The endemic Gymnophthalmini lizards studied here experienced two niche transitions with clear consequences for the thermal regimes experienced by individuals of each species. Evolution of fossoriality – which occurred during the diversification of the clade comprising Nothobachia, Scriptosaura and Calyptommatus (Fig. 2A) – is associated with different trends comprising both higher and lower RMRs measured at 24 and 30°C (Fig. 3A,B), depending on the species; such patterns were less structured for values obtained at 36°C (Fig. 3C). The fossorial–diurnal lineage comprising Nothobachia and Scriptosaura exhibited higher values of RMR when compared with the ancestral condition, represented by the epigeal–diurnal species (Fig. 3A,B). In contrast, the transition to nocturnality within the fossorial clade, along with the origin of the Calyptommatus species, suggests that RMR became lower along this shift (Fig. 3A,B). This pattern corroborates the hypothesis that RMR decreased with transitions in activity periods from diurnal to nocturnal, especially at two experimental temperatures (24 and 30°C; Fig. 3A,B). Finally, the ancestral reconstruction of RMR thermal sensitivity (Q10 index, in this interval represented as Q24–36) indicates a reduction in RMR thermal sensitivity in the fossorial-diurnal lineage (Fig. 3D).

Fig. 2.

Ancestral state reconstruction of ecological transitions in Gymnophthalmini. Colors represent (A) the spatial shift in ecological categories from epigeal (E) to fossorial (F), in green, and (B) the temporal shift in ecological categories from diurnal (D) to nocturnal (N), in blue. The colors in pie charts represent the proportional likelihood of that given ecological state at the node; the colors in the tips represent the ecological state of each species. Phylogenetic hypothesis and branch lengths modified from Zheng and Wiens (2016), with the addition of S. catimbau as a sister-species of N. ablephara, following Pellegrino et al. (2011) and Laguna and Yonenaga-Yassuda (2011). Branch length scale represents millions of years from present (time=0).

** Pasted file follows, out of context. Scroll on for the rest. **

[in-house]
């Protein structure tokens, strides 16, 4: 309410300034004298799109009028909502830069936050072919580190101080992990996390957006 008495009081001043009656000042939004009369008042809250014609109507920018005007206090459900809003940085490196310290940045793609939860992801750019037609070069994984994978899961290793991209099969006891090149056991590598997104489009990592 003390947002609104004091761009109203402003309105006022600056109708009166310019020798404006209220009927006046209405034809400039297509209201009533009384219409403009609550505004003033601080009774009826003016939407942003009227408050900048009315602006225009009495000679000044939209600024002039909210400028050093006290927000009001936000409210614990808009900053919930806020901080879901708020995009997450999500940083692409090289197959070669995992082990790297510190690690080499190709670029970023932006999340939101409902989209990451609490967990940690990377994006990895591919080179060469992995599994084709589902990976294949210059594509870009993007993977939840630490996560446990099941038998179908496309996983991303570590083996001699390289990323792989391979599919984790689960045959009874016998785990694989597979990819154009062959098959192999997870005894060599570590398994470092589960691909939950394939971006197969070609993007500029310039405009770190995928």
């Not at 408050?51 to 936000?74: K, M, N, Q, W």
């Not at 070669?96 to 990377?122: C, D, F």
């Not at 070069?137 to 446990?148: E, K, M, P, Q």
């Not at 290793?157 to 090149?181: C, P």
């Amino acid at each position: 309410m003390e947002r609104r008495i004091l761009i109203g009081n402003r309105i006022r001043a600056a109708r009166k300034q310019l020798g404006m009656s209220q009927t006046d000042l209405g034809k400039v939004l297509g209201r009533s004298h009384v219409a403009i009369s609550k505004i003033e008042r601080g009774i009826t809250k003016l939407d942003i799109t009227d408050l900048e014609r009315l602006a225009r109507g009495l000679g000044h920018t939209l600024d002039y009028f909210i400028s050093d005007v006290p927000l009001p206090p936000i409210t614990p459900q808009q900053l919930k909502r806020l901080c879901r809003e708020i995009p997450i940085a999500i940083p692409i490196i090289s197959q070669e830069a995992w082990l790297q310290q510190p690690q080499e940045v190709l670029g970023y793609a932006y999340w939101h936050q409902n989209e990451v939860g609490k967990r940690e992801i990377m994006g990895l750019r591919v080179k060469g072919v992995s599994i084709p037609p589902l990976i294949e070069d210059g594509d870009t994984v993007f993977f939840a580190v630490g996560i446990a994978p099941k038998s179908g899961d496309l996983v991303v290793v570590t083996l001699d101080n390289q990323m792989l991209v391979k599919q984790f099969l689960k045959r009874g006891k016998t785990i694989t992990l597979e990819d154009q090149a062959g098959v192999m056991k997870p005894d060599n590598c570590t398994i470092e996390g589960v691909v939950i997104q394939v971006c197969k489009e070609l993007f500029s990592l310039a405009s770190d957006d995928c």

Fig. 2.

Ancestral state reconstruction of ecological transitions in Gymnophthalmini. Colors represent (A) the spatial shift in ecological categories from epigeal (E) to fossorial (F), in green, and (B) the temporal shift in ecological categories from diurnal (D) to nocturnal (N), in blue. The colors in pie charts represent the proportional likelihood of that given ecological state at the node; the colors in the tips represent the ecological state of each species. Phylogenetic hypothesis and branch lengths modified from Zheng and Wiens (2016), with the addition of S. catimbau as a sister-species of N. ablephara, following Pellegrino et al. (2011) and Laguna and Yonenaga-Yassuda (2011). Branch length scale represents millions of years from present (time=0).

Fig. 3.

Phylogenetic reconstruction of RMR at three experimental temperatures and its thermal sensitivity. (A) RMR at 24°C; (B) RMR at 30°C; (C) RMR at 36°C and (D) RMR thermal sensitivity (Q10) inferred in the total temperature interval used here (Q24–36 index). Colors represent the gradient from lower (cold colors) to higher values (warm colors) of RMR (A–C) and its thermal sensitivity (D). FN, fossorial–nocturnal lineage; FD, fossorial–diurnal lineage. Phylogenetic hypothesis and branch lengths modified from Zheng and Wiens (2016), with the addition of S. catimbau as a sister-species of N. ablephara, following Pellegrino et al. (2011) and Laguna and Yonenaga-Yassuda (2011). Branch length scale represents millions of years from present (time=0).